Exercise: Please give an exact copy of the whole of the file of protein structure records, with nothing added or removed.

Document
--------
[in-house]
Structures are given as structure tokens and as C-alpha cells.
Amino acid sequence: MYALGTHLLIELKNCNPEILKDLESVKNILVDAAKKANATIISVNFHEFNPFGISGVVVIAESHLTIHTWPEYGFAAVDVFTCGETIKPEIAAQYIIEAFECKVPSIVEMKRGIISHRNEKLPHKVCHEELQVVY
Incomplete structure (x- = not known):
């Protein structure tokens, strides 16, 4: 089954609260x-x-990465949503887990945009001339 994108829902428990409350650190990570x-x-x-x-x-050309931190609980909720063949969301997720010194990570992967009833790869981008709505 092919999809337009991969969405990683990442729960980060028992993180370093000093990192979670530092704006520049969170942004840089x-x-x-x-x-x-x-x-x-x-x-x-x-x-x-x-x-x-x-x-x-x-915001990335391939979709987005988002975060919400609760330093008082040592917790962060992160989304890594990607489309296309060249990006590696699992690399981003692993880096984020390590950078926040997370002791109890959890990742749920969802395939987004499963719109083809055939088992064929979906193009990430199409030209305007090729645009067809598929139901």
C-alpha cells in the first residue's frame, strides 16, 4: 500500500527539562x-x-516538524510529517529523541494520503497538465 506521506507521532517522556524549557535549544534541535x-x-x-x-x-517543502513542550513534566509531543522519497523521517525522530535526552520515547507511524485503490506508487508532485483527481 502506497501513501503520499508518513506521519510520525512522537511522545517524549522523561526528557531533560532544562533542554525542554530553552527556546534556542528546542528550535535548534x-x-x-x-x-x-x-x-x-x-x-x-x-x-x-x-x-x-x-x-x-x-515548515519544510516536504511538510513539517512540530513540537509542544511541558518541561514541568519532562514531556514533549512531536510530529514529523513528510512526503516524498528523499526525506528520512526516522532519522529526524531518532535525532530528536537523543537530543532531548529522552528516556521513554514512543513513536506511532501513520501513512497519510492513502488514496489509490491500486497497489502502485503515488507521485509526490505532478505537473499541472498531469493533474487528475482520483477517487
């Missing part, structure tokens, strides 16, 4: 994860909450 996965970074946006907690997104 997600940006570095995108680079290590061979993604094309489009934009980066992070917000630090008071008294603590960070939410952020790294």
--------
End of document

[in-house]
Structures are given as structure tokens and as C-alpha cells.
Amino acid sequence: MYALGTHLLIELKNCNPEILKDLESVKNILVDAAKKANATIISVNFHEFNPFGISGVVVIAESHLTIHTWPEYGFAAVDVFTCGETIKPEIAAQYIIEAFECKVPSIVEMKRGIISHRNEKLPHKVCHEELQVVY
Incomplete structure (x- = not known):
């Protein structure tokens, strides 16, 4: 089954609260x-x-990465949503887990945009001339 994108829902428990409350650190990570x-x-x-x-x-050309931190609980909720063949969301997720010194990570992967009833790869981008709505 092919999809337009991969969405990683990442729960980060028992993180370093000093990192979670530092704006520049969170942004840089x-x-x-x-x-x-x-x-x-x-x-x-x-x-x-x-x-x-x-x-x-x-915001990335391939979709987005988002975060919400609760330093008082040592917790962060992160989304890594990607489309296309060249990006590696699992690399981003692993880096984020390590950078926040997370002791109890959890990742749920969802395939987004499963719109083809055939088992064929979906193009990430199409030209305007090729645009067809598929139901």
C-alpha cells in the first residue's frame, strides 16, 4: 500500500527539562x-x-516538524510529517529523541494520503497538465 506521506507521532517522556524549557535549544534541535x-x-x-x-x-517543502513542550513534566509531543522519497523521517525522530535526552520515547507511524485503490506508487508532485483527481 502506497501513501503520499508518513506521519510520525512522537511522545517524549522523561526528557531533560532544562533542554525542554530553552527556546534556542528546542528550535535548534x-x-x-x-x-x-x-x-x-x-x-x-x-x-x-x-x-x-x-x-x-x-515548515519544510516536504511538510513539517512540530513540537509542544511541558518541561514541568519532562514531556514533549512531536510530529514529523513528510512526503516524498528523499526525506528520512526516522532519522529526524531518532535525532530528536537523543537530543532531548529522552528516556521513554514512543513513536506511532501513520501513512497519510492513502488514496489509490491500486497497489502502485503515488507521485509526490505532478505537473499541472498531469493533474487528475482520483477517487
């Missing part, structure tokens, strides 16, 4: 994860909450 996965970074946006907690997104 997600940006570095995108680079290590061979993604094309489009934009980066992070917000630090008071008294603590960070939410952020790294």